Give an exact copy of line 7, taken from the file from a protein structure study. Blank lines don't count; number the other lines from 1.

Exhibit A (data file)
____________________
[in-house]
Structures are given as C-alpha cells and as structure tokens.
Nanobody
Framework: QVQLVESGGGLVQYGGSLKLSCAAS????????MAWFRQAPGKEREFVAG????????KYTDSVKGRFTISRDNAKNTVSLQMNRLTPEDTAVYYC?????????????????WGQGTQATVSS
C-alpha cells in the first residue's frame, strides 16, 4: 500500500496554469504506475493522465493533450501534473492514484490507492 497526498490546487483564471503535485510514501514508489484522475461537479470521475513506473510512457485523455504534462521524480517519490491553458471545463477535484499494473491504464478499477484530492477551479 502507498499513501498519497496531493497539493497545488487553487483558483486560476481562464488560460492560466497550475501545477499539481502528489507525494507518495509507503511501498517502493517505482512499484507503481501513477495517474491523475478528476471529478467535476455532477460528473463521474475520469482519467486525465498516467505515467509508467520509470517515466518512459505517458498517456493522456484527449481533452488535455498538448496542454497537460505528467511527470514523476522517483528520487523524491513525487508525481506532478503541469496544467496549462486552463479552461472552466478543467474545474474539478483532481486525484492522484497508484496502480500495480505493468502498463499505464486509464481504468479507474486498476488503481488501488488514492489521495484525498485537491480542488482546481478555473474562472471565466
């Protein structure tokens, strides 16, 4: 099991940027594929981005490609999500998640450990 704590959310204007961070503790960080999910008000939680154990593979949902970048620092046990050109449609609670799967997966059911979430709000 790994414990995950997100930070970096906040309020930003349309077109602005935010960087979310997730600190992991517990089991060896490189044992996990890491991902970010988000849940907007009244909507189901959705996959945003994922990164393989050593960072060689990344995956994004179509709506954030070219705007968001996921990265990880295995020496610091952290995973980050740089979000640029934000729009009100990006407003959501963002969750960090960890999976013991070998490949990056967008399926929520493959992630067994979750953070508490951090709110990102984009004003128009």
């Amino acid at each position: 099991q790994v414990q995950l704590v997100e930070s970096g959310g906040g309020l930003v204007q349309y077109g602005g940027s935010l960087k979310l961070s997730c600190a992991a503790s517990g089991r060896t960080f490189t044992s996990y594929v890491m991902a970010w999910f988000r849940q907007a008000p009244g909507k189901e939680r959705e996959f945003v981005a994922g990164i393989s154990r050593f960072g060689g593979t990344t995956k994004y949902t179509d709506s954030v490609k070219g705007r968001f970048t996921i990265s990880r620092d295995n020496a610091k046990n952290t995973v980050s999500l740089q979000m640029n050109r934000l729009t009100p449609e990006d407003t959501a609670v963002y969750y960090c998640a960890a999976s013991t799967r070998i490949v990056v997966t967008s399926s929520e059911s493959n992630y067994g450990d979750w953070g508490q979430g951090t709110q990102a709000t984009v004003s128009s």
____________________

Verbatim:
């Amino acid at each position: 099991q790994v414990q995950l704590v997100e930070s970096g959310g906040g309020l930003v204007q349309y077109g602005g940027s935010l960087k979310l961070s997730c600190a992991a503790s517990g089991r060896t960080f490189t044992s996990y594929v890491m991902a970010w999910f988000r849940q907007a008000p009244g909507k189901e939680r959705e996959f945003v981005a994922g990164i393989s154990r050593f960072g060689g593979t990344t995956k994004y949902t179509d709506s954030v490609k070219g705007r968001f970048t996921i990265s990880r620092d295995n020496a610091k046990n952290t995973v980050s999500l740089q979000m640029n050109r934000l729009t009100p449609e990006d407003t959501a609670v963002y969750y960090c998640a960890a999976s013991t799967r070998i490949v990056v997966t967008s399926s929520e059911s493959n992630y067994g450990d979750w953070g508490q979430g951090t709110q990102a709000t984009v004003s128009s």